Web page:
7 Tips for Having Connecting Conversations
Having a connecting conversation isn't easy.
A petty argument can start in a matter of minutes. Things like being too hungry or tired, not recognizing stress or just having a bad day can contribute.
According to the Gottman Institute you can predict the health of a conversation in the first three minutes. The most important part of a conversation is how it starts. Think about the last time a conversation got away from you. It happens fast doesn't it?
Connecting conversations have different puzzle pieces. You need to each one to keep the communication healthy.
1. Start it off right by avoiding criticism and negative comments.
How many times have you come home from work complaining about the mess or what a jerk your boss is?
The other person gets defensive and before you know it, you're bickering. It becomes a ping pong game of negativity. Being aware of how a conversation starts is the first step in changing it.
Tip: How you start a conversation sets the tone for everything that follows it.
2. Share your stress as a way to connect instead of finding fault.
Did you know that sharing your stress creates connection? Studies show that it's a neutral way of showing support. You connect by focusing on what's happening outside of the relationship instead of on each other.
When you hide stress, it leaks out in hurtful ways. Blame is the fastest way to kill communication and trigger anger. Sharing your stress helps you avoid that.
Tip: Create a ritual of having a stress reducing conversation. This increases emotional intimacy.
3. Admit when you're too tired or stressed to talk.
Trying to talk when you're too tired or stressed is a disaster. You won't hear what's being said accurately because you're running on empty. Having a great conversation means waiting until both people are ready.
Notice when the communication starts going downhill. Is it first thing in the morning when you're rushing or before dinner when you're really hungry and irritable? Knowing when to not to talk is important too.
Tip: Communicate your stress early and negotiate the best time to chat.
4. Be responsive by turning towards them.
According to The Gottman Institute when your partner has a need you'll respond in three ways.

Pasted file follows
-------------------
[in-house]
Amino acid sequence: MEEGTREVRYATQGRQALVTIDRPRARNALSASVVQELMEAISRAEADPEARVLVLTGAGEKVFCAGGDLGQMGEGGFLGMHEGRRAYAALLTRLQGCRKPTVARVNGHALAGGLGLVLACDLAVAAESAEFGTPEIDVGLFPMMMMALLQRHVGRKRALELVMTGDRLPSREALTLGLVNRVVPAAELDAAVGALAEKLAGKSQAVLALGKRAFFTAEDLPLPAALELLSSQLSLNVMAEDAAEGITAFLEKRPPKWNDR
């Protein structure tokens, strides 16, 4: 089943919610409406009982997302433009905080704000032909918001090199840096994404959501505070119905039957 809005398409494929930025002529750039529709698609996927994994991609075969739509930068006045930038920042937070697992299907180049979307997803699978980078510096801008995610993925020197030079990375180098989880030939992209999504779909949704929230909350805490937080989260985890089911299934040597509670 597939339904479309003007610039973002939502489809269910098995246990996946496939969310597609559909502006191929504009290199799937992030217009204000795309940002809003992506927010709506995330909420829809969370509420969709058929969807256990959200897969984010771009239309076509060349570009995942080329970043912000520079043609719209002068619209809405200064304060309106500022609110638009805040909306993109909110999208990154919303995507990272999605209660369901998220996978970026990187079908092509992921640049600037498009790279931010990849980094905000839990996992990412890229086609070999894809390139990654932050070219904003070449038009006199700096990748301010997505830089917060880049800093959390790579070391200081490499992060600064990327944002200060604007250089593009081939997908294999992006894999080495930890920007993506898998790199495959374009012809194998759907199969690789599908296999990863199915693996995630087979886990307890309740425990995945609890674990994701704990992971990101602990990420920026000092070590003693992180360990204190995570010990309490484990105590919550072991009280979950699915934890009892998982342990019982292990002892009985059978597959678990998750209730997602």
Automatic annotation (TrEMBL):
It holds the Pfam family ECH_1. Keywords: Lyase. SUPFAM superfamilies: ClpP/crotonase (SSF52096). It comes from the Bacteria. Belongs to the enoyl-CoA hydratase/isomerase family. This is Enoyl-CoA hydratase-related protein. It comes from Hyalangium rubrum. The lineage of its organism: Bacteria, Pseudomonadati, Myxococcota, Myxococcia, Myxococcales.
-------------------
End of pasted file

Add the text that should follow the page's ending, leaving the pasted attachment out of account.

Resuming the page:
- Turning towards is responding directly to your partner's request even if the answer is no. Eye contact and attention is focused on your partner.
- Turning away is responding while being distracted. Texting and social media are common distractions that make your partner feel unimportant.
- Turning against is responding with aggressive behaviors like name-calling, physical abuse, yelling or intense blame.
No one does it perfectly but knowing the areas to improve helps.
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5. Strive for a healthy balance of listening and talking.
Talking is the easy part. Listening takes an ability to stay in the moment. It's the hardest part of communication because you have to suspend your thinking to do it well.
If you don't have the energy to listen, say so. Don't try to fake it. Great conversations are based on authenticity. When you show genuine interest, the other person feels cherished. Interest is shown by doing these three things:
- Give good eye contact
- Ask clarifying questions
- Respond to what's being said by staying on topic
- Don't hijack the conversation by making it all about you
Sometimes, it takes one than more conversation to hear each other out. Taking one piece at a time can avoid overwhelm.
Tip: Don't listen because you want to talk. Giving your full attention is an emotional aphrodisiac.
6. Don't try to fix, find a solution or give advice unless asked.
Trying to fix or give solutions is tempting, but unless asked, it creates frustration. No one likes to be told what they should be doing. Giving unsolicited advice can make others feel dismissed and not heard.
Connecting is about making the effort to listen not offering solutions. That's why being a good listener is so important. When you can listen without giving advice, that's acceptance.
Tip: Focus more on validating their experience instead of trying to fix it.
7. Focus on what's good and ask your partner to do the same.
When you focus on what isn't working, it becomes a complain fest. You can't control your first thought but you have the power to catch the second. Having a great conversation means finding ways to connect. Using humor and compliments can bridge the gap.
Both people feel heard when you listen without judgment. Taking five minutes to share something positive can create a light hearted connection.
Tip: Did you know that the act of smiling is shown to improve mood even if it's fake?
Having a connecting conversation isn't tough, it just takes a willingness to practice something new. What's one thing you can do to improve your connections?
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